A 12,000-KILOMETRE journey half-way around the world to a foreign country led Candela Sande to discover what her homeland had to offer.
Candela was studying tourism at university in Argentina when, during a winter escape to Costa Rica in 2015, she met a traveller on his way to work in the ski fields of Canada and cupid fired an arrow.
“The funny thing is that we saw each other at the beach, and then I had to change hotels with my friends and we arrived at this new hotel and he was sitting in the kitchen, so we started talking,” Candela says.
“He’s Australian and I couldn’t speak one word of English at that time. I knew a few words and there was Google translator, and that’s how it goes.”
The pair struck up a relationship and rendezvoused in different locations before Candela joined her love, Jack, on the Sunshine Coast, where they made their home.
“It’s very brave, now that I look back. A week after I arrived, I started work,” she says.
“I was working in a cafe and I was taking so long to give the change because I didn’t know the money.
“It was crazy. I couldn’t speak the language. I didn’t know the coins but I’ve always found Australian people so kind and so patient.”
Candela worked in the Mooloolaba cafe for five years until the birth of her daughter, Sierra, but those early days trying to deal with an unfamiliar language and new country were so stressful that she would go home in the afternoon with a crashing headache.
Not surprisingly, she was homesick. She found a remedy in her own online business.
“I remember that we did a trip to Argentina and we brought back a poncho to my mother-in-law and she absolutely loved it and she said, ‘You have to sell this. This is beautiful’,” Candela recalls.
“I was missing home and I was missing talking in Spanish. I was missing connection with my country, and then at the same time, I was feeling that I’m here, I need to help someone back home.”
She began searching for groups or communities in Argentina that made woollen garments that she could sell.
“I found a group of people that work in cooperation with each other, so all the money that they make gets split.
“The funny thing is, when you’re in your own country, you don’t appreciate all that your country has.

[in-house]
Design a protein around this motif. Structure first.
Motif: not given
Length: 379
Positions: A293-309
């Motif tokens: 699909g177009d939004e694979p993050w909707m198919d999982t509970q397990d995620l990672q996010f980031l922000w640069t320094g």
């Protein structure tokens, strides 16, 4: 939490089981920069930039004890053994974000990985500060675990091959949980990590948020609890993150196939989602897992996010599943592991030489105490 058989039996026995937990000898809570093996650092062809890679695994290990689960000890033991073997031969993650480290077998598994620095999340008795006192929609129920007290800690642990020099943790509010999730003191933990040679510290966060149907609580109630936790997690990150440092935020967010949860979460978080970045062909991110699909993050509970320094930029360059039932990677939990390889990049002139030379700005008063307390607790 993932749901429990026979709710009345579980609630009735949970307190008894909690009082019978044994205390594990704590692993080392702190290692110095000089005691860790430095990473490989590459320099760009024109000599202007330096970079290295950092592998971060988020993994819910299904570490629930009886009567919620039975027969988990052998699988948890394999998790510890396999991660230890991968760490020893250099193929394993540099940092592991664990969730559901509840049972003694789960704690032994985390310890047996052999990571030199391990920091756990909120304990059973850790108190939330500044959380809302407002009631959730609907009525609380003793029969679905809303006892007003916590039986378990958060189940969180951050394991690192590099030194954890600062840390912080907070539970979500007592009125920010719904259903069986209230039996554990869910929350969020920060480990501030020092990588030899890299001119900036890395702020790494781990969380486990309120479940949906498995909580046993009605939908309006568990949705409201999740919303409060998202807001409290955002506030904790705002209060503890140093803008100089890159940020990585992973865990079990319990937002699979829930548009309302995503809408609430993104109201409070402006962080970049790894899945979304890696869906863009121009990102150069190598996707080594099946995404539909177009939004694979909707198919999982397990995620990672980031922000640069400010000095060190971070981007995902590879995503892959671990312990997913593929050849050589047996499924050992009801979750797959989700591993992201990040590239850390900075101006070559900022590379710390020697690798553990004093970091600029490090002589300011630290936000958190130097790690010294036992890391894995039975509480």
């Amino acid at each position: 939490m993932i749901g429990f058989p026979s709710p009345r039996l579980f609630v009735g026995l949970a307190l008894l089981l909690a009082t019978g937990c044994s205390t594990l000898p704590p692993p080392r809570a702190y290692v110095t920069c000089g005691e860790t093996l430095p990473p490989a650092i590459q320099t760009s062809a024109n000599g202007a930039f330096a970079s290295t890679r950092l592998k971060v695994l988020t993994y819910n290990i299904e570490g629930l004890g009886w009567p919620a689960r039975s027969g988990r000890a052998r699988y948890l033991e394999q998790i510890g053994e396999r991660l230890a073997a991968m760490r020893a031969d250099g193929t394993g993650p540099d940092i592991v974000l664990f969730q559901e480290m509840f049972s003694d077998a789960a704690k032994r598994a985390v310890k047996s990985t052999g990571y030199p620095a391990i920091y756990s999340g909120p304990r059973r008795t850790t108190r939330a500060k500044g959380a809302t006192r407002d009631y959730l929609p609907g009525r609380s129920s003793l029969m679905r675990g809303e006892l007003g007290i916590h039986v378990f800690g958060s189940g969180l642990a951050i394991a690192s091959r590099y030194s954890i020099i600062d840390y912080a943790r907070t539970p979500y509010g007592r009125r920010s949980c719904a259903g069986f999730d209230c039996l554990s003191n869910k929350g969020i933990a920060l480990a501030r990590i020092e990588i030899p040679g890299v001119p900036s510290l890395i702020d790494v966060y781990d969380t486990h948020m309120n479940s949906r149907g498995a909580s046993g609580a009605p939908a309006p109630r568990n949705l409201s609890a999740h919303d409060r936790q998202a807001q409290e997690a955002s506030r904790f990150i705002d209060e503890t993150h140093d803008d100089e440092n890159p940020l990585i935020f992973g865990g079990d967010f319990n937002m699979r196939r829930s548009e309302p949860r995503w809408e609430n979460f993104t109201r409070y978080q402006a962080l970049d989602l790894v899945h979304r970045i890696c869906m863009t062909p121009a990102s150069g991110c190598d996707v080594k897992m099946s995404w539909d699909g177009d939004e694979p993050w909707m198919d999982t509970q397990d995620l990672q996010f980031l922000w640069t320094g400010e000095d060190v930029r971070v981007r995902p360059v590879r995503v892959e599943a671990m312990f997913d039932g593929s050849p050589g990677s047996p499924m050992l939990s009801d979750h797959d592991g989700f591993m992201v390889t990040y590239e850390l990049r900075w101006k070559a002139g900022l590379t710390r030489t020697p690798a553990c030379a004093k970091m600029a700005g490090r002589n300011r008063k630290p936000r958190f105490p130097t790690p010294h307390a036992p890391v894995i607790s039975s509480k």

‘When I was in Australia, I thought, ‘Oh my God, we do such quality and beautiful things that when I was living there I didn’t see’.
“I got my first order just to see the quality and took that back to Australia and started looking for something else, started searching for other communities and started learning about different cultures.”
Candela discovered a group making bags from plant fibres, dyed with bark, foliage and fruit extracts and incorporating patterns and symbols of cultural meaning.
She launched Casapacha, her online store, in 2019 selling high-quality, handmade clothing and bags made from natural fibres. She also ran a stall at Peregian markets.
“I always love walking through markets but to have my own stall there, I just love it,” Candela says.
“I love to talk to the people and explain everything so that people can touch and smell the products. Because it’s all natural, everything has a smell. And I just loved to tell the story to people.”
Candela has pulled back on the markets for now while Sierra is a toddler but has branched into wholesaling, supplying a store in each of Peregian and Sunshine Beaches, Yamba, Tasmania and Sydney.
She has also begun designing – first children’s jumpers, and then socks and leg warmers this winter, which has meant bringing on another group of Argentinian artisans.
Casapacha is a juggling act as Candela must be careful not to place too much pressure on her artisan suppliers.
“They are small communities so the process is kind of long to do everything by hand so I can’t sell huge amounts but slowly we are expanding a little bit.”
She believes there is a strong future for the artisanal products of Argentina’s indigenous communities.
“More and more people are starting to look at more sustainable products, quality products, natural fibres, so I think in the recent years, the consumer is changing, starting to appreciate more and asking questions on how things are made,” she says. “The consumer can see these things are made to last, they’re not throwaway fashion.
“It’s high-quality products. If you love them, you know that you’re going to wear them year after year, and after that, you can gift them to your daughter because you know they’re going to be perfect to keep.”
Casapacha is Candela’s Spanish fix and takes her back to Argentina regularly to reconnect with her family and culture, and learn more about her home country.
“It’s funny, I had everything at home all those years and I had to move countries to really appreciate them,” she says.
“I think that the brand really helps me to keep connected to Argentina because I’m always in contact with them.
“And I’m really proud, too. I don’t have indigenous heritage but it’s my country so I’m really proud of the products that they make and the whole culture behind them.
“These garments have been made for years and years. It’s a culture, not a product, and I think what is really important too about this, is that it’s a knowledge that we’re trying to keep going.”
Candela hopes that in the years to come, Casapacha will link Australian-born Sierra with her Argentinian heritage.
“I want to take her to these places with me so she can have that connection too,” she says.